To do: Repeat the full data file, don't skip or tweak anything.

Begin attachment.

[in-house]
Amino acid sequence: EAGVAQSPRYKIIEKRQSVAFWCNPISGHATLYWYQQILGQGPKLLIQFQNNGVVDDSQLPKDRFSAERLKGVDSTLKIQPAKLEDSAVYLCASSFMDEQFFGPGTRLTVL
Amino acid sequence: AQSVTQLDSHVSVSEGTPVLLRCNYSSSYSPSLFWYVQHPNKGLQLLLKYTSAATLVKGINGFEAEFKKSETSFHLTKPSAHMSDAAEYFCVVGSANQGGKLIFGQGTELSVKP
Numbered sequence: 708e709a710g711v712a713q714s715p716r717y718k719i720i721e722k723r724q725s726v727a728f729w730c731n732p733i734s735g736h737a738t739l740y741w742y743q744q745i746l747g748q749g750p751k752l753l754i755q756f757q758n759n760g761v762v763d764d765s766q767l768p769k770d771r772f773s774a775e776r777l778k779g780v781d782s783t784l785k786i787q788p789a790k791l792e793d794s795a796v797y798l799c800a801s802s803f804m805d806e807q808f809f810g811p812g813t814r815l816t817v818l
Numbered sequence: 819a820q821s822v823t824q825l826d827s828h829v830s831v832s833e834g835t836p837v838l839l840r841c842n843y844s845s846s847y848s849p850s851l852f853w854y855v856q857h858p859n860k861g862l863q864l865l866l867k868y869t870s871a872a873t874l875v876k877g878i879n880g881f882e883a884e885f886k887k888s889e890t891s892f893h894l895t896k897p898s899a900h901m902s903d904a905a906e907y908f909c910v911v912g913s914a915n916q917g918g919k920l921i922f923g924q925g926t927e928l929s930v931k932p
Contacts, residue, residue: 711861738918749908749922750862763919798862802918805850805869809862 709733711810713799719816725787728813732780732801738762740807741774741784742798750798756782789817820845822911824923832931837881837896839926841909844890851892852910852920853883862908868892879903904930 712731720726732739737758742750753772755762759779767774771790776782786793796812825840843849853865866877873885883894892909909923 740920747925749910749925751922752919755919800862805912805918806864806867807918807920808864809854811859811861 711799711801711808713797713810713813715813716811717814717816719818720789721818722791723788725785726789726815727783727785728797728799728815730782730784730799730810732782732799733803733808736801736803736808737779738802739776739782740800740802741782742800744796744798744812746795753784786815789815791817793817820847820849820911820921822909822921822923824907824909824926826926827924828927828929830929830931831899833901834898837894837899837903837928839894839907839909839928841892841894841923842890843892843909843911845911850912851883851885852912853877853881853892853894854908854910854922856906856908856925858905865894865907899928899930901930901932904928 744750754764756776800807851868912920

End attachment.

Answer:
[in-house]
Amino acid sequence: EAGVAQSPRYKIIEKRQSVAFWCNPISGHATLYWYQQILGQGPKLLIQFQNNGVVDDSQLPKDRFSAERLKGVDSTLKIQPAKLEDSAVYLCASSFMDEQFFGPGTRLTVL
Amino acid sequence: AQSVTQLDSHVSVSEGTPVLLRCNYSSSYSPSLFWYVQHPNKGLQLLLKYTSAATLVKGINGFEAEFKKSETSFHLTKPSAHMSDAAEYFCVVGSANQGGKLIFGQGTELSVKP
Numbered sequence: 708e709a710g711v712a713q714s715p716r717y718k719i720i721e722k723r724q725s726v727a728f729w730c731n732p733i734s735g736h737a738t739l740y741w742y743q744q745i746l747g748q749g750p751k752l753l754i755q756f757q758n759n760g761v762v763d764d765s766q767l768p769k770d771r772f773s774a775e776r777l778k779g780v781d782s783t784l785k786i787q788p789a790k791l792e793d794s795a796v797y798l799c800a801s802s803f804m805d806e807q808f809f810g811p812g813t814r815l816t817v818l
Numbered sequence: 819a820q821s822v823t824q825l826d827s828h829v830s831v832s833e834g835t836p837v838l839l840r841c842n843y844s845s846s847y848s849p850s851l852f853w854y855v856q857h858p859n860k861g862l863q864l865l866l867k868y869t870s871a872a873t874l875v876k877g878i879n880g881f882e883a884e885f886k887k888s889e890t891s892f893h894l895t896k897p898s899a900h901m902s903d904a905a906e907y908f909c910v911v912g913s914a915n916q917g918g919k920l921i922f923g924q925g926t927e928l929s930v931k932p
Contacts, residue, residue: 711861738918749908749922750862763919798862802918805850805869809862 709733711810713799719816725787728813732780732801738762740807741774741784742798750798756782789817820845822911824923832931837881837896839926841909844890851892852910852920853883862908868892879903904930 712731720726732739737758742750753772755762759779767774771790776782786793796812825840843849853865866877873885883894892909909923 740920747925749910749925751922752919755919800862805912805918806864806867807918807920808864809854811859811861 711799711801711808713797713810713813715813716811717814717816719818720789721818722791723788725785726789726815727783727785728797728799728815730782730784730799730810732782732799733803733808736801736803736808737779738802739776739782740800740802741782742800744796744798744812746795753784786815789815791817793817820847820849820911820921822909822921822923824907824909824926826926827924828927828929830929830931831899833901834898837894837899837903837928839894839907839909839928841892841894841923842890843892843909843911845911850912851883851885852912853877853881853892853894854908854910854922856906856908856925858905865894865907899928899930901930901932904928 744750754764756776800807851868912920